MP Calkins considers highs and lows of 2013

While Ponoka’s new council is navigating uncharted waters with a mostly new group, Wetaskiwin MP Blaine Calkins has kept busy in 2013.

While Ponoka’s new council is navigating uncharted waters with a mostly new group, Wetaskiwin MP Blaine Calkins has kept busy in 2013.

A personal highlight for Calkins was helping pass Bill S-213, which created a national day for Korean War veterans. He helped Senator Yonah Martin by sponsoring the bill in the House of Commons.

“2013 was the year of Korea in Canada and it was the year of Canada in Korea and it was the 60th anniversary of the end of the signing of the armistice, which ended hostilities,” said Calkins.

An issue that attracted much attention in the press was the senate expense scandal and Calkins is pleased to see it is being dealt with. For the first time that he can remember, there are three senators on leave without pay.

“It’s an issue that’s probably not going to go away anytime, but it’s an issue that the public at large has seen enough,” he said.

Despite the senate expenses controversy, Calkins received feedback from constituents on different issues. One is that employers are struggling to keep employees; they need workers in all levels of employment in the province; the need is high. “If you’re willing to go to work, there’s a job for you here.”

“Most companies are struggling to expand or just keep up with their basic service levels,” he added.

The temporary foreign worker program is one avenue people have to secure work in Canada. Despite reports of abuse of the system, Calkins expects to see further development in the near future.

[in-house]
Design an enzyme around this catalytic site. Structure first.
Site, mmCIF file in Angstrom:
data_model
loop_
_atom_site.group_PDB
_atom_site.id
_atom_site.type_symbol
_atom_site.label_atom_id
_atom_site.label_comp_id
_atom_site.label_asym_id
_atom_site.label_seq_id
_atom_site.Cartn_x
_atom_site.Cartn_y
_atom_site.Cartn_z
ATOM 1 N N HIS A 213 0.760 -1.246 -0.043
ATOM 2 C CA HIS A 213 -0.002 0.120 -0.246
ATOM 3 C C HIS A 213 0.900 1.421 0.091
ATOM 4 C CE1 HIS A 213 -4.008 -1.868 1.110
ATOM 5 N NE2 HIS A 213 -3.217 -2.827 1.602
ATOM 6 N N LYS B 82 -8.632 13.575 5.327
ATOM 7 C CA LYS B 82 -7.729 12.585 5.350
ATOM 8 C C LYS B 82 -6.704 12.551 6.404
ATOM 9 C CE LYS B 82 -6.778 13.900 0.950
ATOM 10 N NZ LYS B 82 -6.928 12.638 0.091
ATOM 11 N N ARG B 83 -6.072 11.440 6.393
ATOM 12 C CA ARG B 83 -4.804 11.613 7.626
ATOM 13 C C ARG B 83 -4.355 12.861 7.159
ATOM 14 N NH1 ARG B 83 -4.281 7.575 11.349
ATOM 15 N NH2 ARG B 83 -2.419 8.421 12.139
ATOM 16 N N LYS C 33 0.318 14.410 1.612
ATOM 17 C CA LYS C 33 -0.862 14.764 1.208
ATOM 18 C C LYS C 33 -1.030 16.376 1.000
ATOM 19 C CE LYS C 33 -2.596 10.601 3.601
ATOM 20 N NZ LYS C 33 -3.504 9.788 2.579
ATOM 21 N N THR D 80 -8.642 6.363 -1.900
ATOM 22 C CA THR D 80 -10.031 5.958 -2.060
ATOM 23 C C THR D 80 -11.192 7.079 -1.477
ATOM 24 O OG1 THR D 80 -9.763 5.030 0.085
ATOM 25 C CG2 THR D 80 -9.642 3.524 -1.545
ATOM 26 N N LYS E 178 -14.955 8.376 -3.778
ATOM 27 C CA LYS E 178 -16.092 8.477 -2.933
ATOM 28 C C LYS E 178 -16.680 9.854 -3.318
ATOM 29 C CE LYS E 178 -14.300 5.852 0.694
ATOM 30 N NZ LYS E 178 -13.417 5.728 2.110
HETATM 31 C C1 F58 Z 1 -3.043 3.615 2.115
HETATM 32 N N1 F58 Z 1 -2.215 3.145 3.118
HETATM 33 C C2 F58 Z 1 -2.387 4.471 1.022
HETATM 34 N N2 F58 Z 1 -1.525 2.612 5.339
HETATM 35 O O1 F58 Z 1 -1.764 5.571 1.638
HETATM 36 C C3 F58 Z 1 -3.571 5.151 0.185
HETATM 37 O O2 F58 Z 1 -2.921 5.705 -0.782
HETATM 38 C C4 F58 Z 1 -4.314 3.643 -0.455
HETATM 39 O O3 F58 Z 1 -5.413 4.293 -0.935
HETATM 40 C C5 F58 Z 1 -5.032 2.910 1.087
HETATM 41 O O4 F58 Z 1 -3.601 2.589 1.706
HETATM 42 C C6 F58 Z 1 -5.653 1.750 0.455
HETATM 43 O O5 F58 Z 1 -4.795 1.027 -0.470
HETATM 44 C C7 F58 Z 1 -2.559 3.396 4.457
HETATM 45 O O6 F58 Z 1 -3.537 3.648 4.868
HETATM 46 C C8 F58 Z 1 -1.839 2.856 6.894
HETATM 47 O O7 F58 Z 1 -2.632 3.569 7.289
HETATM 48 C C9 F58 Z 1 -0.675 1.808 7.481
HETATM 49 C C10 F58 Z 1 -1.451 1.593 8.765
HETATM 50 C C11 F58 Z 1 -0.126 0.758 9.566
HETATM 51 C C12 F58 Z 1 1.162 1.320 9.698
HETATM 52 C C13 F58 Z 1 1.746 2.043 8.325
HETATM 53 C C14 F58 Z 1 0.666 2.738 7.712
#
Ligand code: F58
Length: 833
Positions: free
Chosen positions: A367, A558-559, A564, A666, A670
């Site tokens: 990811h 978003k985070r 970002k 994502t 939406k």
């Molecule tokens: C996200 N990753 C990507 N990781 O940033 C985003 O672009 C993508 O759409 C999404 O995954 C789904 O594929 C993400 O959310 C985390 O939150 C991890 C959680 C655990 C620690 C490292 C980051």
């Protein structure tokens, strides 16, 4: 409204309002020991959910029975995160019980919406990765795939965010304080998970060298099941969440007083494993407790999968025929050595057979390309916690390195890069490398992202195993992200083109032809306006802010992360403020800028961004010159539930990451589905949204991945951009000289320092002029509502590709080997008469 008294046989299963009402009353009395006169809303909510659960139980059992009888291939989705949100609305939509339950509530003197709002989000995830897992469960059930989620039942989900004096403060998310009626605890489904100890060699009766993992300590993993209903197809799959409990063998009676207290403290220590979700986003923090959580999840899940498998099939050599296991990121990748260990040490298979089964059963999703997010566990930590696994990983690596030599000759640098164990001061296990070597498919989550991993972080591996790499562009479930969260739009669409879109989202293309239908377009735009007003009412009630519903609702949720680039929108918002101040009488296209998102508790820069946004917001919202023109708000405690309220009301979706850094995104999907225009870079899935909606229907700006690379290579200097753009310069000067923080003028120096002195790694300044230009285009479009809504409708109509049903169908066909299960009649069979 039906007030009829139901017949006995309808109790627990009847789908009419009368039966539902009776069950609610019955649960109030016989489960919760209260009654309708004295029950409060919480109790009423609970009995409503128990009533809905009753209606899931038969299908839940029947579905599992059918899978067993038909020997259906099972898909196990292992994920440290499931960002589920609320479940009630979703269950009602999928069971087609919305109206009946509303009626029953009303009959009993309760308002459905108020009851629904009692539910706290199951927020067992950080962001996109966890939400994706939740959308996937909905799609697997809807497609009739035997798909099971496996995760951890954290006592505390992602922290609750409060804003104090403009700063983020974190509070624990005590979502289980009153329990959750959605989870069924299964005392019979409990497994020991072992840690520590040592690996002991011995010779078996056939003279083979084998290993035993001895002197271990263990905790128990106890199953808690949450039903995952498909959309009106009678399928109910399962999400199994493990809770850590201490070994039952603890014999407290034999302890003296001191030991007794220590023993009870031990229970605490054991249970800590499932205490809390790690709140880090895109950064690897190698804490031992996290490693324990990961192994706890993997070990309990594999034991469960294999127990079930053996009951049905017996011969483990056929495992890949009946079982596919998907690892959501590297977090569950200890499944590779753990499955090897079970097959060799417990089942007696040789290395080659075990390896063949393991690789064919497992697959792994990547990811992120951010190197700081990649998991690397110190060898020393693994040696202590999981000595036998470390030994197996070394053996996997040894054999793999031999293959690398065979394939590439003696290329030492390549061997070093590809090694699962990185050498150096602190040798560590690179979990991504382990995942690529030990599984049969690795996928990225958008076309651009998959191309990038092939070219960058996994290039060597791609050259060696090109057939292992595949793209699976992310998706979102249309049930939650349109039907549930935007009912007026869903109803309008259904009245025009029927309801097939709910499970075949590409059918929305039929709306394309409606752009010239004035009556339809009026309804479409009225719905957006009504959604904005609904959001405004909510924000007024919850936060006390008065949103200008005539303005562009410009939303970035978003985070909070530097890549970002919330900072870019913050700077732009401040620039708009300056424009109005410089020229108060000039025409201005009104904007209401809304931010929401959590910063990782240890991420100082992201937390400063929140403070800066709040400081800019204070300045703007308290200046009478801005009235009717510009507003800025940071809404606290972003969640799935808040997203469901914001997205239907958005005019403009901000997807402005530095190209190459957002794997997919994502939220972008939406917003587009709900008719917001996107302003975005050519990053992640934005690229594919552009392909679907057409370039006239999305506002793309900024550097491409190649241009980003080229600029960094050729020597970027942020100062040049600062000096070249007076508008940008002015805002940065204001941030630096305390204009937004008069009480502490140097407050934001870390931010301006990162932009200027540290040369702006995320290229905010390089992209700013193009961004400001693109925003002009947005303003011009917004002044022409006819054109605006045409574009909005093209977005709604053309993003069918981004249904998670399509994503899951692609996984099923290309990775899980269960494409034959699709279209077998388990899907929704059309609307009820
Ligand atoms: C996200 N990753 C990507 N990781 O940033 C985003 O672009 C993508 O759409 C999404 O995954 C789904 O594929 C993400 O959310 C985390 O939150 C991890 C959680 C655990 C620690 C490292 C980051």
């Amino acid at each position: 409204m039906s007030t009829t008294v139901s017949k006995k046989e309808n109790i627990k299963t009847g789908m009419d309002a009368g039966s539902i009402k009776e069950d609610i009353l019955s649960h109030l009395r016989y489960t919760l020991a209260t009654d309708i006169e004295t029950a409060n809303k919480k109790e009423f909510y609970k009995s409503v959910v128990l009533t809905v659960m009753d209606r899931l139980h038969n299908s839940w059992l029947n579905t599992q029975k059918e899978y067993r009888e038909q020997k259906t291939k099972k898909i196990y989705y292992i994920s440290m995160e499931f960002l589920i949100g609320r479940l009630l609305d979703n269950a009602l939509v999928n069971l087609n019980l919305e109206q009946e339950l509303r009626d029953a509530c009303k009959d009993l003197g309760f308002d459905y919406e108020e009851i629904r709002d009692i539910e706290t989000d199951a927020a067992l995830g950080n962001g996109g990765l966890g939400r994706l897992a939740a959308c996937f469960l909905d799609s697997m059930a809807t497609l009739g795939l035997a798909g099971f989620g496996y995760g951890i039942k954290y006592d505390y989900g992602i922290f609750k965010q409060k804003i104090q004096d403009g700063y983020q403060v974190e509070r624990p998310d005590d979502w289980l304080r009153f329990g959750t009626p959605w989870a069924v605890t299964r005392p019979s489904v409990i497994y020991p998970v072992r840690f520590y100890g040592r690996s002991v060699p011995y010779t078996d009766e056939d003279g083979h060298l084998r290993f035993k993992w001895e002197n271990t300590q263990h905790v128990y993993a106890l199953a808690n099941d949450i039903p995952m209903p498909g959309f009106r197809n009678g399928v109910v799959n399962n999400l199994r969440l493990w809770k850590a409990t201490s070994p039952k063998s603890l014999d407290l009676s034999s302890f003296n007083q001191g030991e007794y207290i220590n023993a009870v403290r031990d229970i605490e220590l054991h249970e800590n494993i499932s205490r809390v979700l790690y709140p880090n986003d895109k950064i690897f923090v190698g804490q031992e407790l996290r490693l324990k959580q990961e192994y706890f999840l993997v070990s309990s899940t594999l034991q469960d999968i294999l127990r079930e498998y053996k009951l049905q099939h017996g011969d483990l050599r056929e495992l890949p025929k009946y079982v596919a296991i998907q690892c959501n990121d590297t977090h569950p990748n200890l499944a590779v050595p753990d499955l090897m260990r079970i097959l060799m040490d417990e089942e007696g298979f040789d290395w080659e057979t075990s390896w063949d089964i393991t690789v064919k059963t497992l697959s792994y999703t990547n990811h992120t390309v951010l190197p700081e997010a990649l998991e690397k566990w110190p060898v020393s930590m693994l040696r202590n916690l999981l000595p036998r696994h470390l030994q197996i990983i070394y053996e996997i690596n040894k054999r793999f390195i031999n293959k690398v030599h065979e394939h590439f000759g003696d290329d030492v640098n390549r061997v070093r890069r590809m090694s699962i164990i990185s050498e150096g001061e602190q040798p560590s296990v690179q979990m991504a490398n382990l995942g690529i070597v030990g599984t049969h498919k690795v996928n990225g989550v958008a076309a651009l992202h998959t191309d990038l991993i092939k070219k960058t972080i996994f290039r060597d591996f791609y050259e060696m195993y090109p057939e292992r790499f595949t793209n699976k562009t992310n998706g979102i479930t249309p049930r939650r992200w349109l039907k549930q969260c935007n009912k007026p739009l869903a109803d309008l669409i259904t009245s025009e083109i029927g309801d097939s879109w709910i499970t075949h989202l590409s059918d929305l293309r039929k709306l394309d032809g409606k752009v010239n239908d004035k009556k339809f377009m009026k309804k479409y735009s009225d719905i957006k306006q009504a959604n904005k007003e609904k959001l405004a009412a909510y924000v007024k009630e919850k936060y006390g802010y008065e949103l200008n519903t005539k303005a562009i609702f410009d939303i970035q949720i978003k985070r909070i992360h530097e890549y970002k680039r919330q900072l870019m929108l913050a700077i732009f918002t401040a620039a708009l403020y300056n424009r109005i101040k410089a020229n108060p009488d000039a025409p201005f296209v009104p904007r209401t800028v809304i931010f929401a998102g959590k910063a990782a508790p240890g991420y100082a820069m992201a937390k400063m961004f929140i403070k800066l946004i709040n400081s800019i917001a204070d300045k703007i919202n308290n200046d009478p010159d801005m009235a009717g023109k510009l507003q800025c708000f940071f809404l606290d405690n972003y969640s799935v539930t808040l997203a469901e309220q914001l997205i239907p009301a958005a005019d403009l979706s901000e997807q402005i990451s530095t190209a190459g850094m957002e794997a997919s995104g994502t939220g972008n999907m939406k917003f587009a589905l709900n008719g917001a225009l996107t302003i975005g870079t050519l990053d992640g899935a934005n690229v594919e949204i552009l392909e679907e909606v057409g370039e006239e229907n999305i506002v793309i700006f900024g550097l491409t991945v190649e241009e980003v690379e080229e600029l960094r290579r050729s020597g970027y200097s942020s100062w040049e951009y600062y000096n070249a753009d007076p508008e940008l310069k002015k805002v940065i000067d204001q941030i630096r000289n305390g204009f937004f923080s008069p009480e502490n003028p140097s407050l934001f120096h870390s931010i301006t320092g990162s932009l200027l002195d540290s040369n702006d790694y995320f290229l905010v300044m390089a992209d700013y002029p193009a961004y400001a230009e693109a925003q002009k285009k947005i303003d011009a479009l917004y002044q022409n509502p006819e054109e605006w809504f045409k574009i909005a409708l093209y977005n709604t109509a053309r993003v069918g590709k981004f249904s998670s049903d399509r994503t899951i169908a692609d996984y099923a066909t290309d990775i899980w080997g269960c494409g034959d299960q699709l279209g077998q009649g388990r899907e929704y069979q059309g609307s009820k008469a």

“These are things that are going to create long-term opportunity for Canadian manufacturers, exporters, producers,” explained Calkins.

Municipalities are looking for details on the Building Canada Fund, which ends in 2014. Calkins said transfers have been increased through the Federal Gas Tax and indexed so municipalities have a predictable and stable source of revenue.

On the agricultural side of things, a bumper crop in 2013 has producers looking at different avenues to sell their products. Calkins feels expanding trade markets outside of North America is critical. The development of the Comprehensive Economic Trade Agreement (CETA) with the European Union (EU) is an important step in that direction.

Calkins said the recent agreement has two years before all the details are agreed on but he feels this will benefit the country. The agreement will remove more than 99 per cent of tariffs between Canada and the EU, but both parliaments must still vote on it.

Getting back to balanced budgets is another factor important to the federal government. Calkins said the parliamentary budget officer and independent organizations are forecasting a faster return to balanced budgets. A $4 billion surplus is expected by 2015.

“We’re doing it without downloading on the provinces. We’re not cutting back. We’re maintaining the transfers for health care,” said Calkins.

“We’re finding the savings through growth in our economy. As a matter of fact, we’ve reduced business taxes but we’re now collecting more in business taxes since the recession because of the growth in the economy,” he explained.

Changes are underway for members of parliament’s ridings. In the 2015 election Calkins’s riding is changing and Alberta will see more MPs in the province. Calkins, who announced his intention to run for re-election, will take over parts of north Red Deer and Sylvan Lake. He will lose north of Hobbema but still keep Ponoka and Lacombe counties.

The geographic area is smaller but the number of constituents is approximately the same.

“At the end of the day every single person is going to have a Member of Parliament. That’s the reality,” said Calkins.

“Alberta will have a better say,” he concluded.